Jennifer Kelly currently represents 17 clients injured after a defendant driver pressed the accelerator rather than the brake.
The difference between application error - where a driver presses the wrong pedal but quickly corrects their error - and pedal confusion is that in the latter, the driver doesn't realise their mistake and instead presses the accelerator harder, often with catastrophic consequences.
16 of my current cases involving application error arise from pedal confusion. In the 17th case, the driver accelerated into the car in front at traffic lights, crushing my client. That driver admitted they pressed the wrong pedal, therefore making it unlikely to be pedal confusion.
In other cases, the duration of the acceleration can be enduring, and devastating. There is the instance where a parent pressed the accelerator while parking outside a summer camp, ploughing into a group of children waiting to be collected. This acceleration lasted for 8 seconds before the car finally crashed into another vehicle and came to a halt.
Another case involves a driver involved in a very minor rear-end shunt at a roundabout, and then accelerated along the driveway and into the large window and wall of a family's living room, before being stopped by the reinforced doorway at the other side of the room.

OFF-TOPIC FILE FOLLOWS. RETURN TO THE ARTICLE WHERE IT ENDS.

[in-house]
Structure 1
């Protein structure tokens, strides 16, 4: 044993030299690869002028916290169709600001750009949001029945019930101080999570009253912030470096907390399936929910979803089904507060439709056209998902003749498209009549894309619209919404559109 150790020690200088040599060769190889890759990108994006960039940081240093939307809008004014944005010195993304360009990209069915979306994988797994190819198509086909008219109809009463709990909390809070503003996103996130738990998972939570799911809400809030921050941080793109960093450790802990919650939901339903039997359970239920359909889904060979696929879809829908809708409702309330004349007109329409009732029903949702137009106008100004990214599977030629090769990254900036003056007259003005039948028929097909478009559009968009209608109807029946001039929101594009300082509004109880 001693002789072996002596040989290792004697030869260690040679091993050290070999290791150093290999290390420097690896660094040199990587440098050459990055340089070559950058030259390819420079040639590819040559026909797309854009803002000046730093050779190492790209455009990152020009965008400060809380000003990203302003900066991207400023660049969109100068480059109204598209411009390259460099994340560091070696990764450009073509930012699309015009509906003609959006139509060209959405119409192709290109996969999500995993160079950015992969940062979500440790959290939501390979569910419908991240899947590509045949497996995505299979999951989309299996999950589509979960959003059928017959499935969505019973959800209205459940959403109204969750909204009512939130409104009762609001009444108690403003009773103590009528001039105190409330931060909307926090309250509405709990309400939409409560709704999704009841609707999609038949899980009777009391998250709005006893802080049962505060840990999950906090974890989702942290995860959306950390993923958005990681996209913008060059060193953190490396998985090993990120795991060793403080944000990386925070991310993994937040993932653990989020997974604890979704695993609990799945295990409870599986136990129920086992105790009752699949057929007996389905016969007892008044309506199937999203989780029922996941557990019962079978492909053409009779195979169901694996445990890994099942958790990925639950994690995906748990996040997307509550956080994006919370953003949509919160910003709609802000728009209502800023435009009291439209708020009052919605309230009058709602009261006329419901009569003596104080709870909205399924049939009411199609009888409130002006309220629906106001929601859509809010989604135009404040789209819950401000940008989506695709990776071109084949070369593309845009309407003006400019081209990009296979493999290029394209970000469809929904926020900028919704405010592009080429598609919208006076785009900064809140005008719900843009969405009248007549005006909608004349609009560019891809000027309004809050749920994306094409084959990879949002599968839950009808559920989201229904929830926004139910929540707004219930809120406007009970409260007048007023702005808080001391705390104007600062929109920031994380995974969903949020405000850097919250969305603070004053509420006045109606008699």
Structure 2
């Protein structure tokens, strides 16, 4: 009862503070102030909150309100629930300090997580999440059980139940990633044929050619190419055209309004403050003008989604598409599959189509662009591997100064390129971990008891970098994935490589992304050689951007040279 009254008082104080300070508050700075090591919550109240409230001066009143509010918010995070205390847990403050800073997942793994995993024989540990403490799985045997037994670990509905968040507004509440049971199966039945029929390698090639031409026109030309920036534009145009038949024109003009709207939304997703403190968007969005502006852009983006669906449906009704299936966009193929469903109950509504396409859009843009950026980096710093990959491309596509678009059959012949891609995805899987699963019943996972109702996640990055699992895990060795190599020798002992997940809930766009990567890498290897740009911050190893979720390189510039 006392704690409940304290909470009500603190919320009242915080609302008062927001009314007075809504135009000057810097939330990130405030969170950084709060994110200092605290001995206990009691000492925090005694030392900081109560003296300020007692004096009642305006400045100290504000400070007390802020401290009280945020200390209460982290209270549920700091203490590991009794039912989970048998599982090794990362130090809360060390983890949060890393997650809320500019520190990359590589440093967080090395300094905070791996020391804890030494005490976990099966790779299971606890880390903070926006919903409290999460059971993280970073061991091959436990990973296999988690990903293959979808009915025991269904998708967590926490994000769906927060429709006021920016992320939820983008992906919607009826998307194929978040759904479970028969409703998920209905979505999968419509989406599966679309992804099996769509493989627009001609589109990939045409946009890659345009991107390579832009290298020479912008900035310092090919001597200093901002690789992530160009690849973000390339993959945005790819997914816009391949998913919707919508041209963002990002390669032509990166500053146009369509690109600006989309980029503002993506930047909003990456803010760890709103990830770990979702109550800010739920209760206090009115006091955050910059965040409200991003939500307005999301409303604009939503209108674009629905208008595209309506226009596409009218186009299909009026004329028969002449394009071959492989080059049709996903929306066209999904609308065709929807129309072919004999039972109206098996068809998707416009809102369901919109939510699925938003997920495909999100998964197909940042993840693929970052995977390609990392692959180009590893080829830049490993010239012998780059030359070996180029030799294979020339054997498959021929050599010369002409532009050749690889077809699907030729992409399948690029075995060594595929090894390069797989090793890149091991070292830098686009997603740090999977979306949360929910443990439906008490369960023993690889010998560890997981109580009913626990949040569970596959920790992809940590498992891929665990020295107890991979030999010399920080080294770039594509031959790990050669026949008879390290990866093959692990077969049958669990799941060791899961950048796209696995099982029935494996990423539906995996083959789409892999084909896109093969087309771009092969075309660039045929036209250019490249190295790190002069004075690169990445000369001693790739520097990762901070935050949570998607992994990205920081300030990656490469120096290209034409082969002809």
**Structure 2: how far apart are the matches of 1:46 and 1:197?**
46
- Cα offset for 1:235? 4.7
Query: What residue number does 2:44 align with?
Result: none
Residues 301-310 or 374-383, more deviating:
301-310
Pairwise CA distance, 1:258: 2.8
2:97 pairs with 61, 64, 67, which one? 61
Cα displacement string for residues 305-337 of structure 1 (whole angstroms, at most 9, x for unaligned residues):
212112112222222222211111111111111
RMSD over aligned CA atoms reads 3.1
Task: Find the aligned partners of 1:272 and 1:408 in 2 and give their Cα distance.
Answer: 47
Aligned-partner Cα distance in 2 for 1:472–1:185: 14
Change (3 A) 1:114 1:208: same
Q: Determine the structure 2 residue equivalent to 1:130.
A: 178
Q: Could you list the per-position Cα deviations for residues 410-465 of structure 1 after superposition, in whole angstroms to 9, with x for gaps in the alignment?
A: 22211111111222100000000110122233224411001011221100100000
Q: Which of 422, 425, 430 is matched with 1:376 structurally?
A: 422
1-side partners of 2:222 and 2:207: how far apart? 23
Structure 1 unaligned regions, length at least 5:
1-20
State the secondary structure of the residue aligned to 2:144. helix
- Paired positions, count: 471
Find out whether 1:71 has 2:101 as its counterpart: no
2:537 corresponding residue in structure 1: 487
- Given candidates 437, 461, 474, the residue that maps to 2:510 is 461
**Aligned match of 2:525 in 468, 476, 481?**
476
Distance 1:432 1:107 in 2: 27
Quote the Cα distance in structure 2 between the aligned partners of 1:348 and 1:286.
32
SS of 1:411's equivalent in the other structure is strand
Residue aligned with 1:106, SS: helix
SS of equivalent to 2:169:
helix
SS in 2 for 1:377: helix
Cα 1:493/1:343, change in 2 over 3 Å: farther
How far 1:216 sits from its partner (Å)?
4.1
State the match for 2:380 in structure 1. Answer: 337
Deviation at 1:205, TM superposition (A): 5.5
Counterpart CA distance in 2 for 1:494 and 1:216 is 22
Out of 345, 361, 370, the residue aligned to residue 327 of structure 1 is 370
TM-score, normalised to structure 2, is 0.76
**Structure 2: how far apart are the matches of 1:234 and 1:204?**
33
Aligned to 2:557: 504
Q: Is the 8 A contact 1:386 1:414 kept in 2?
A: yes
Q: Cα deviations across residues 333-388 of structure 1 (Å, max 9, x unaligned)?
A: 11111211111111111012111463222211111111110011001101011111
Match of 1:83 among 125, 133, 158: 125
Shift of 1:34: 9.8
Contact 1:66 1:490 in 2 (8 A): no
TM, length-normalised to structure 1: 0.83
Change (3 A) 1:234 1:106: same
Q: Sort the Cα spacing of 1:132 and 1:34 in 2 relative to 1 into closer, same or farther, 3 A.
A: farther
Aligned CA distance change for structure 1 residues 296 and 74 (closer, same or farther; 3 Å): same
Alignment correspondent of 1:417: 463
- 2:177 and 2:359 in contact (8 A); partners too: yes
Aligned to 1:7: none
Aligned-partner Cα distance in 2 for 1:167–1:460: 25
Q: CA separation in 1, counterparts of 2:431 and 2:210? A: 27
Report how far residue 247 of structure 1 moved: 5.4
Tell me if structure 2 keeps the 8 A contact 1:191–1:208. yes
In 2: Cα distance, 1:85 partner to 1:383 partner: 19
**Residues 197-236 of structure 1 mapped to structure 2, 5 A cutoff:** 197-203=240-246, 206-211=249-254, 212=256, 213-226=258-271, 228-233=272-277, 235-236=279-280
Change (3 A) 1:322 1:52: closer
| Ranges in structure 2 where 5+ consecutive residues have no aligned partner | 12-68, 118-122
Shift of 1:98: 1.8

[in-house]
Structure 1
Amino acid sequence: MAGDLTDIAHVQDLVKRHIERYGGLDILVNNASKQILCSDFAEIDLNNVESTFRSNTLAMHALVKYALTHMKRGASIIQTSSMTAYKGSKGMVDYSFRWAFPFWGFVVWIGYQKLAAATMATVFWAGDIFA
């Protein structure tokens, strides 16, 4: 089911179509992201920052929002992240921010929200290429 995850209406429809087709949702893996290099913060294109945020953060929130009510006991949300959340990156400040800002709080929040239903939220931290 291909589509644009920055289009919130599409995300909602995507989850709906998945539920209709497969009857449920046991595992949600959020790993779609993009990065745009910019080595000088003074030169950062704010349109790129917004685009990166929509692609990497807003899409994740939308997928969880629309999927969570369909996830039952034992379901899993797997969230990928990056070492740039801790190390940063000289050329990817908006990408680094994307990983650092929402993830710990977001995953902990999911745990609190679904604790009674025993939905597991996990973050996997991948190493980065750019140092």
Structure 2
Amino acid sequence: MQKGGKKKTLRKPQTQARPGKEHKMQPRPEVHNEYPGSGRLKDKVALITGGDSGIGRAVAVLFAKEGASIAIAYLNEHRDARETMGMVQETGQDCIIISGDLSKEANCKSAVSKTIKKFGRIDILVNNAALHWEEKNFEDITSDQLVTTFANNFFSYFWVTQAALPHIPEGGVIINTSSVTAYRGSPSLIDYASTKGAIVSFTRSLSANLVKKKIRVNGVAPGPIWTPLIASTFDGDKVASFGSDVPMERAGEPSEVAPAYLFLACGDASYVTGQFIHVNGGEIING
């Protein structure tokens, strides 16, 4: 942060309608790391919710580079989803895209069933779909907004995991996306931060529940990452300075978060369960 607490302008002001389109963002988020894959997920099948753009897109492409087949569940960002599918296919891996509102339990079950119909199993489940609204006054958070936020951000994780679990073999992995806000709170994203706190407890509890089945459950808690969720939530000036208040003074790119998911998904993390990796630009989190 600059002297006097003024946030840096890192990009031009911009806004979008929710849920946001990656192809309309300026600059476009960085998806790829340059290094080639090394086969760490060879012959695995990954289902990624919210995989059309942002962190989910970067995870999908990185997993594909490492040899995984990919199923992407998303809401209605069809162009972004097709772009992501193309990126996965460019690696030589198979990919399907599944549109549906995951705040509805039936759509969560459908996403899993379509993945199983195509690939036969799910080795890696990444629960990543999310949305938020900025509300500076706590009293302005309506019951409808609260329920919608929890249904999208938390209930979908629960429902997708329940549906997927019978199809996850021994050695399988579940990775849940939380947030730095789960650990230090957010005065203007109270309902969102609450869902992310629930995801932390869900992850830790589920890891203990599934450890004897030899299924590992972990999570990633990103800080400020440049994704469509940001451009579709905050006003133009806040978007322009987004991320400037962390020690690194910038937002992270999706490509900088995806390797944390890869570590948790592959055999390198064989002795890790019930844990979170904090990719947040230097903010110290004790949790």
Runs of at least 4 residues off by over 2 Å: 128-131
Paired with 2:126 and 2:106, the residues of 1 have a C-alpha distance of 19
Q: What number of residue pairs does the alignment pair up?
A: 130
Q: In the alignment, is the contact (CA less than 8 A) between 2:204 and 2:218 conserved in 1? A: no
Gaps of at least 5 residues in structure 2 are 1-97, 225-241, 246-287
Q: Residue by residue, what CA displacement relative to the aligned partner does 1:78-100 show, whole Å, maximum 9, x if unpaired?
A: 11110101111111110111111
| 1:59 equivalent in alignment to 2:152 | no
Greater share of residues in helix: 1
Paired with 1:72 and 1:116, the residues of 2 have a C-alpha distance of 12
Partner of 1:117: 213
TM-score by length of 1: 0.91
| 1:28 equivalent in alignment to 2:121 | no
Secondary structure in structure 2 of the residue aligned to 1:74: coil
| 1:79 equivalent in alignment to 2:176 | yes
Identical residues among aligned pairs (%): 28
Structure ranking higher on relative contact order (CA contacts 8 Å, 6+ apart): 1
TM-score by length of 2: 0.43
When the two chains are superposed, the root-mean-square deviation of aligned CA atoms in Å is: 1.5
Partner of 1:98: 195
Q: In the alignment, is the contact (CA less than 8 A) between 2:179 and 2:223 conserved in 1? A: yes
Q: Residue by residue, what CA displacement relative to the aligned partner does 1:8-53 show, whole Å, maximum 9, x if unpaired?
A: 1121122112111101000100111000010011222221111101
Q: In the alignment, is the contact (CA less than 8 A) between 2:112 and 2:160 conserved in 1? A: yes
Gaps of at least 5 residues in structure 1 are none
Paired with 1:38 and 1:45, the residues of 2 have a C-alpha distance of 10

Incidents of pedal confusion are often cited as 'uncommon' but we regularly hear it anecdotally cited in road traffic crashes.
The police in the UK have no way to include it as the cause of a collision and instead it is often categorised as 'loss of control', or a driver who genuinely believes they were pressing the correct pedal, puts the acceleration down to a fault with the car and so does not report confusion as the cause.
Research suggests that pedal confusion is caused by panic, by efference copy theory where the brain refuses to acknowledge the message that we're pressing the wrong pedal because of stored memory, and disorientation following an action like turning to put a bag on the back seat.
But smaller drivers with smaller shoe size are more likely to be involved in this type of incident, meaning it disproportionately effects women, as are older drivers perhaps with slower reaction times, cognitive or medical issues, such as numbness in their limbs.
Automatic vehicles, where the left foot is not on the clutch, and electric and hybrid vehicles without engine and revving noise are also more frequently involved.
Recommendations, since at least the 1980s, appear to have had little impact on the phenomenon. New technology does seem to be helping, with most of the vehicles involved in these incidents being more than 10 years old.
Recent research involving Transport for London bus drivers suggested different lights illuminating when the accelerator and brake are pressed, but this was deemed to have low effectiveness.
Ultimately, as is often the case, targeted driver campaigns to inform people about the risk of unintended acceleration and what they can do to protect themselves and other road users is most likely the best action.
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